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Raspberry Pi Raspbian Stretch

Rasbian is the officially recommended Linux distributions for the Raspberry Pi. Rasbian is based on the Linux distribution Debian, which puts a lot of emphasis on stable and secure operation.
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Rasbian is the officially recommended Linux distributions for the Raspberry Pi. Rasbian is based on the Linux distribution Debian, which puts a lot of emphasis on stable and secure operation. At the same time, a lot of software is already delivered pre-installed. In addition, one has access to a repository (software archive) and can install many programs without difficulty.
Note: Debian is a Linux distribution created by Ian Murdock based on the Linux kernel and GNU tools. Debian is popular with many administrators because of its stability-oriented release policy. On the desktop, the variant Ubuntu is relatively widespread.
Official Download Source: Download Raspbian

Benefits of Raspbian
The main advantage of Raspbian is that the deployed images are already preconfigured, which is why the "first steps" are usually limited to the setting of the German language, the time zone and a German keyboard layout. That means that you can start immediately after commissioning.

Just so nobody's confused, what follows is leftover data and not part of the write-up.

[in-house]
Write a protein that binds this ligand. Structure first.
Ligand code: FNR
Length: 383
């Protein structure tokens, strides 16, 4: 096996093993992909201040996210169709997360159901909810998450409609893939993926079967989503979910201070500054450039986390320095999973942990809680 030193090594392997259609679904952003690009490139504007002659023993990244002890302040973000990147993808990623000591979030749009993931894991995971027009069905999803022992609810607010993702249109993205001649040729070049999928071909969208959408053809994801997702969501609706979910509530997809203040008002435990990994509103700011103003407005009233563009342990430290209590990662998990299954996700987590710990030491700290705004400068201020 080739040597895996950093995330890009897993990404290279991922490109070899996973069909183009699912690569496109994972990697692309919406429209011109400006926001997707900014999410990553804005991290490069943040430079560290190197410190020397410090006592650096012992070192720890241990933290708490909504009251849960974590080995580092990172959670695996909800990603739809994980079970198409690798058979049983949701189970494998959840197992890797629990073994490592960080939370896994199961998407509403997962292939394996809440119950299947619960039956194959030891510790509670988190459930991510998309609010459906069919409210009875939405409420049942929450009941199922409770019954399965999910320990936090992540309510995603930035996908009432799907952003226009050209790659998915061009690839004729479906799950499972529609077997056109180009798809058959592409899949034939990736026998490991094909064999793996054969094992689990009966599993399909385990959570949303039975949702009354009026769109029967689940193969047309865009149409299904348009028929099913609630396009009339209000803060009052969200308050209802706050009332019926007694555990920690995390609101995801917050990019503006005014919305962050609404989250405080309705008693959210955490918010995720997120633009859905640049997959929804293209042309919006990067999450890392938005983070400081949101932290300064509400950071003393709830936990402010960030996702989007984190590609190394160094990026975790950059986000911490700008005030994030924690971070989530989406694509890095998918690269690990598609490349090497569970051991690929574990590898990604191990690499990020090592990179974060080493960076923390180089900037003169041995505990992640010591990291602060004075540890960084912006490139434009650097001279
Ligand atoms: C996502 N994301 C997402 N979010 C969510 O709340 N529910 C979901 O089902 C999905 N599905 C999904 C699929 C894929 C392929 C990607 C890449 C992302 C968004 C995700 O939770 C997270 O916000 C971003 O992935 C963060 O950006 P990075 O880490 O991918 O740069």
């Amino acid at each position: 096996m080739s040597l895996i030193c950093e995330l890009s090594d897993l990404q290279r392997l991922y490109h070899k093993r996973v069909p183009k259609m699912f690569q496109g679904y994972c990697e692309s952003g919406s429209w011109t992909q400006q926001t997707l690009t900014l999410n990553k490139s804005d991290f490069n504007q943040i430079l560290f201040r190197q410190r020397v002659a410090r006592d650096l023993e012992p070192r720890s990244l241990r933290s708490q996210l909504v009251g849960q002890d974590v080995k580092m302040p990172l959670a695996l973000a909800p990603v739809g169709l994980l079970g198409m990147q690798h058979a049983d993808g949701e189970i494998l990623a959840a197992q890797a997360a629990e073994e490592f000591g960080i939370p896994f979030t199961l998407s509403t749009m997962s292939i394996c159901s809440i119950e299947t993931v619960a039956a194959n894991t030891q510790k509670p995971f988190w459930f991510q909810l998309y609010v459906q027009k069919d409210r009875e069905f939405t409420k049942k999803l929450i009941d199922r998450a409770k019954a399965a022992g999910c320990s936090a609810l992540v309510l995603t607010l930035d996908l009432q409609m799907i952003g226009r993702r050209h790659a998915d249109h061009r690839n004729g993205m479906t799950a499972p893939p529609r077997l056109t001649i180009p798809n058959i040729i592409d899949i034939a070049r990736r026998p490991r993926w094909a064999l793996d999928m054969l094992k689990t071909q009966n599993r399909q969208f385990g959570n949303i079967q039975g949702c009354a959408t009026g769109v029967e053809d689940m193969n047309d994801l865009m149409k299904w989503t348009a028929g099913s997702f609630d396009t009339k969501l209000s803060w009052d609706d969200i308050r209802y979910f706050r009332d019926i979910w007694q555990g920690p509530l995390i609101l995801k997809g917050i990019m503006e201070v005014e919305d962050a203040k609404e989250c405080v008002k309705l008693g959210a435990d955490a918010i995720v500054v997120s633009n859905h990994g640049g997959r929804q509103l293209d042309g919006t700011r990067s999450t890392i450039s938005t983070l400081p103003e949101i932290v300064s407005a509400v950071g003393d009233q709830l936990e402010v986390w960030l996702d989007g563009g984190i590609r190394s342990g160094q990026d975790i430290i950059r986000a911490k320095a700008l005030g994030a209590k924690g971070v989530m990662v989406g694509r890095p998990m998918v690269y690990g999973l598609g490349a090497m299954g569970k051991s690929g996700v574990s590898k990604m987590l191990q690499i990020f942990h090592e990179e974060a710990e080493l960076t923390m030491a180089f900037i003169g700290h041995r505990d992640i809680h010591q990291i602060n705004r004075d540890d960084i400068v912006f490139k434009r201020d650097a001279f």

Raspbian and its repository are specially optimized for the limited resources of the Raspberry Pi hardware. In addition, you do not need root privileges to use the GPIOs. And for HAT extensions, no manual installation of the drivers is necessary.
Disadvantages of Raspbian
Raspbian was made specifically for the Raspberry Pi and has inherited the basic principle of Debian, stability. What sounds good, but also has disadvantages.
The basic principle "stability" leads to the fact that with a software update not always the newest packages are available. That is, you usually get the software versions that work error-free, but not with the latest features and functions. For beginners, this is actually optimal, because in the first steps with the Raspberry Pi little problems arise that have to do with faulty software.

If you rely on the latest software with the latest features, then you should take a look at other Linux distributions.
Raspbian Wheezy
The first version of Raspbian was Raspbian Wheezy, based on Debian Wheezy. Many old tutorials and tutorials found on the Internet are written for Raspbian Wheezy and rarely transferable to new Raspbian versions.
Raspbian Wheezy should no longer be used because it is no longer maintained.

Raspbian Jessie
Raspbian Jessie is the second version of Raspbian, based on Debian Jessie. Raspbian Jessie with PIXEL is a regular Raspbian Jessie with the resource-friendly graphical desktop surface called PIXEL. It is started by default at boot time.
PIXEL stands for "Pi Improved Xwindows Environment, Lightweight" and was released on 28.09.2016. PIXEL is not a new Raspbian, but a customized graphical desktop interface, such as KDE, GNOME, XFCE and LXDE. Strictly speaking, PIXEL is a customized LXDE. Hardly anything has changed under the hood.